Sunday, May 17 Through Thursday, May 21, 2020
During the pandemic and the resultant isolation that comes from sheltering at home, it shouldn’t be a surprise to anyone that we RVers would sneak away for a few carefree days in a park.
Fredericksburg is a quaint German town in Texas’ Hill Country. While May daytime temperatures can get into the upper nineties or higher, this week’s temperatures were mild enough to spend nearly all of our time outside under the shade of awnings and old graceful live oaks.
In a normal year, we would have spent the week seeing the sites around Fredericksburg, a favorite area for Texans to explore. My top picks (in no particular order):
- Wildseed Farms
- Luckenbach, Texas
- National Museum of the Pacific War (AKA Nimitz Museum)
- Enchanted Rock State Natural Area
- Lyndon B. Johnson State Park & Historic Site
- Lyndon B. Johnson National Historical Park
This has not been a normal year. Covid 2020. Masks, social distancing and isolation. The park was following county health guidelines. Touchless check-ins. Bathrooms, showers, pool and park store were closed. All the great nearby attractions were closed (except possibly Enchanted Rock).
This is our second time staying in this KOA. I liked it much better this time around. Our first time was summer 2012 during one of the hotter weeks. Our campsite lacked shade and our motorhome air conditioner couldn’t cool our rig during the 100 plus degree afternoons. No shade from the awning, we were stuck inside our rig when we weren’t driving around looking at the sites. This was the trip where we decided never to have another RV over 25 feet without 50 Amp service and two air conditioners.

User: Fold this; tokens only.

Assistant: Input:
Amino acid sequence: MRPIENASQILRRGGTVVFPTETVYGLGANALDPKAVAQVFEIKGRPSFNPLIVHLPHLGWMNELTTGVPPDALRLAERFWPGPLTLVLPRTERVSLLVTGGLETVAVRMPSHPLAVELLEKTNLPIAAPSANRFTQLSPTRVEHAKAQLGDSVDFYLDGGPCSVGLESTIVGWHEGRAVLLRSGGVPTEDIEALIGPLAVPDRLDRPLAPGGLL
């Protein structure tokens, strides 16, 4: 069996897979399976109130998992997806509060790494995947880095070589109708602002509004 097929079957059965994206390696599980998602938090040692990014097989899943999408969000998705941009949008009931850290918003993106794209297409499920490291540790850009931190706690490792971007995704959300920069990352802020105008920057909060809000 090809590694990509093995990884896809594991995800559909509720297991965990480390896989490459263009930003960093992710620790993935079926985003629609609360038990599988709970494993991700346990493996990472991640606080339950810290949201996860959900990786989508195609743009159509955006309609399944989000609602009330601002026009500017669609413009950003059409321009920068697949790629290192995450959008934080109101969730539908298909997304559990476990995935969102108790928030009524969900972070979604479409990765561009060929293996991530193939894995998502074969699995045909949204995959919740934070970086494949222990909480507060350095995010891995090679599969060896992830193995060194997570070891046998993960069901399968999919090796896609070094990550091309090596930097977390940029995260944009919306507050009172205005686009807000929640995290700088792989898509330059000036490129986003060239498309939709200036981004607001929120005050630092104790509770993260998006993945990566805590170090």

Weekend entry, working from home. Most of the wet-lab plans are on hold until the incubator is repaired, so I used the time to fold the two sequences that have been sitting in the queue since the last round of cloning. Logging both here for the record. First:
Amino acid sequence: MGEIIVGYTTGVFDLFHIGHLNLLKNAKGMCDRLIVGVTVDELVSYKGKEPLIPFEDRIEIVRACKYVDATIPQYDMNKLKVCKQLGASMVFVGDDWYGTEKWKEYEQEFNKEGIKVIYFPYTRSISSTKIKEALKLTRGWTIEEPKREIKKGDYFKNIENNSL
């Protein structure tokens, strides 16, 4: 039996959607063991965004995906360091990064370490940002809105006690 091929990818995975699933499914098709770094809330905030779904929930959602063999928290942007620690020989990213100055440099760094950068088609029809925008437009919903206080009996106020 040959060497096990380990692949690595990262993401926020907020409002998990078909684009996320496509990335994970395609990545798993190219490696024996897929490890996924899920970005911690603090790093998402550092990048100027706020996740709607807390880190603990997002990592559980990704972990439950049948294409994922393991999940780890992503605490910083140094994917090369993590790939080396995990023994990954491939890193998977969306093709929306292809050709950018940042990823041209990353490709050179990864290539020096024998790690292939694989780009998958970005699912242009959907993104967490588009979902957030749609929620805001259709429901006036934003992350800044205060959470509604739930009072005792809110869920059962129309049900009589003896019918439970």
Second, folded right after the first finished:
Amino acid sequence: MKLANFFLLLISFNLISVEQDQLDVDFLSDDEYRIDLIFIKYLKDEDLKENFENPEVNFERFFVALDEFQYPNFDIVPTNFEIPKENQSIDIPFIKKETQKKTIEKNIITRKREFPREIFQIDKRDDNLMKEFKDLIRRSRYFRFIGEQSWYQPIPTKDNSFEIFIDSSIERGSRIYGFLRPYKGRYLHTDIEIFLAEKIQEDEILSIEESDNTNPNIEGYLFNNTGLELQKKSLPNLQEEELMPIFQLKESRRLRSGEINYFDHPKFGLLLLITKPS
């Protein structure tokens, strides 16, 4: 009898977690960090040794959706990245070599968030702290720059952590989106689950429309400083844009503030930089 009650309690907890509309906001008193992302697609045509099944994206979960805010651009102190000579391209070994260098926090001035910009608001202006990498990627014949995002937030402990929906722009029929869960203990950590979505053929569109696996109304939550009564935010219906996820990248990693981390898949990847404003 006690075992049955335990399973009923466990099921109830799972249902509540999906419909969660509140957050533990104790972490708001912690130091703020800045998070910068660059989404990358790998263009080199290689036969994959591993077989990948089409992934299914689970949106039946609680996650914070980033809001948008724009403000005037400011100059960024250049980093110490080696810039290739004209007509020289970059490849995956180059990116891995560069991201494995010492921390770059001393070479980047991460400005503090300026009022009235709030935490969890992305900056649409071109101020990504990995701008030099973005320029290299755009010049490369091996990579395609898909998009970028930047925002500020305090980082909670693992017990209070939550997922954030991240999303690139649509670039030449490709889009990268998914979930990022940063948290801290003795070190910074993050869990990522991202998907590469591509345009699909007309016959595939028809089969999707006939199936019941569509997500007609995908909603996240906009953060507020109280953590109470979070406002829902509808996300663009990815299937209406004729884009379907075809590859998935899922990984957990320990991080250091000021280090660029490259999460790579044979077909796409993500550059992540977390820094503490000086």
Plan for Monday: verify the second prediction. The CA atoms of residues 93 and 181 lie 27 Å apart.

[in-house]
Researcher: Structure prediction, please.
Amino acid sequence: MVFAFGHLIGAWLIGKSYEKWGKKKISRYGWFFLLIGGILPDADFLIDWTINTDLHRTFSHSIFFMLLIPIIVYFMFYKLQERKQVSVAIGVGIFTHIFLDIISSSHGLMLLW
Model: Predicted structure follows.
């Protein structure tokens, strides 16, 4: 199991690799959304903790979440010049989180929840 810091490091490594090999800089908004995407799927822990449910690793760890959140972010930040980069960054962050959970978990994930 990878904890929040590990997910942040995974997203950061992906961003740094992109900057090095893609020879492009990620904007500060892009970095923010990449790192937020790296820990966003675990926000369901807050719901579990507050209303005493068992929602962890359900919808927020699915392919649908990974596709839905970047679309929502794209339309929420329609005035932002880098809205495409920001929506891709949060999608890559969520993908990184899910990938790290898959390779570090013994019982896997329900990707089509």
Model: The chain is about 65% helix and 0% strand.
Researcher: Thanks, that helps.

WIFI Internet service in the park was fairly good as was AT&T and Verizon mobile Internet service. Cable TV is provided but sadly, even with all those channels, there never seems to be anything interesting to watch.
The park is on US-290, a four lane highway. On weekends the traffic can be a bit loud especially the Harleys roaring up and down FM-1376 bordering one side of the park. Behind the park is pastureland. We took some perverse enjoyment from the pastured donkeys mating. After a jack (male donkey) had had his way with a Jenny (female donkey), he would megaphone loudly proclaim his success by Hee-Hawing over and over again. We were first attracted to the show by the loudness of the Hee-Hawing. The sound source became plain as day when the act was witnessed by accident over by the fence followed by the bellowing. A sight and sound not easily erased from memory.
In the late sixties and early seventies, Hee Haw, a country western variety show aired on TV. Dad religiously watched the show every Saturday before dinner, the same time Hawaii Five O, my favorite, aired. One TV, grownups always won. By today’s standards, the show would be considered blatantly sexist. Now the connection between Hee-Hawing donkeys and Hee Haw’s animated donkey Hee-Hawing is now clear. An unwanted indelibly imprinted connection.
More pastureland bordered the fourth side of the park. Fortunately, this side was less dramatic than the others.
I would stay in this park again. It is a great launching pad for visiting the aforementioned attractions in the area.
Hope to see you on the road ahead!